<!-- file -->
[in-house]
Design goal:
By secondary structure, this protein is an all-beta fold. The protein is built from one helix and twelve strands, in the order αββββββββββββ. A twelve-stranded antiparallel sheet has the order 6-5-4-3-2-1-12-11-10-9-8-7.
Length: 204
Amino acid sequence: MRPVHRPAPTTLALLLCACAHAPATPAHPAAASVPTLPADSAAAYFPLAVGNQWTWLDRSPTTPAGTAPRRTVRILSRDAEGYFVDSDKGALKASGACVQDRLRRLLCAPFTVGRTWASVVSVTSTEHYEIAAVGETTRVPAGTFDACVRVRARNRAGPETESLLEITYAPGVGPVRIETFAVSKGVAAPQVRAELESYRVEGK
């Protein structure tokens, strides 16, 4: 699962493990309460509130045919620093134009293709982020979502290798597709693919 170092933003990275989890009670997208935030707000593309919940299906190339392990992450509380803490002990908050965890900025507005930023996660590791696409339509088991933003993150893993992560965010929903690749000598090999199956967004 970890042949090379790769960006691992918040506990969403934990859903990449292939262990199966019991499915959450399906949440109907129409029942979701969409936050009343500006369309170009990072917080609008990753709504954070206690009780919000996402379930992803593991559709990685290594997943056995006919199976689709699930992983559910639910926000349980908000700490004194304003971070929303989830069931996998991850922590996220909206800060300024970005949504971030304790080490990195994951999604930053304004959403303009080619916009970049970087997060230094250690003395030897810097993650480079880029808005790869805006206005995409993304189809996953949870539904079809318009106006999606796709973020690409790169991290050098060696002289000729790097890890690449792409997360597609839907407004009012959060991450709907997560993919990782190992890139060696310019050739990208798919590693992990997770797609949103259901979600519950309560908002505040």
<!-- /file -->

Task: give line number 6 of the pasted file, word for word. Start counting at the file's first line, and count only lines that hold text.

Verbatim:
């Protein structure tokens, strides 16, 4: 699962493990309460509130045919620093134009293709982020979502290798597709693919 170092933003990275989890009670997208935030707000593309919940299906190339392990992450509380803490002990908050965890900025507005930023996660590791696409339509088991933003993150893993992560965010929903690749000598090999199956967004 970890042949090379790769960006691992918040506990969403934990859903990449292939262990199966019991499915959450399906949440109907129409029942979701969409936050009343500006369309170009990072917080609008990753709504954070206690009780919000996402379930992803593991559709990685290594997943056995006919199976689709699930992983559910639910926000349980908000700490004194304003971070929303989830069931996998991850922590996220909206800060300024970005949504971030304790080490990195994951999604930053304004959403303009080619916009970049970087997060230094250690003395030897810097993650480079880029808005790869805006206005995409993304189809996953949870539904079809318009106006999606796709973020690409790169991290050098060696002289000729790097890890690449792409997360597609839907407004009012959060991450709907997560993919990782190992890139060696310019050739990208798919590693992990997770797609949103259901979600519950309560908002505040």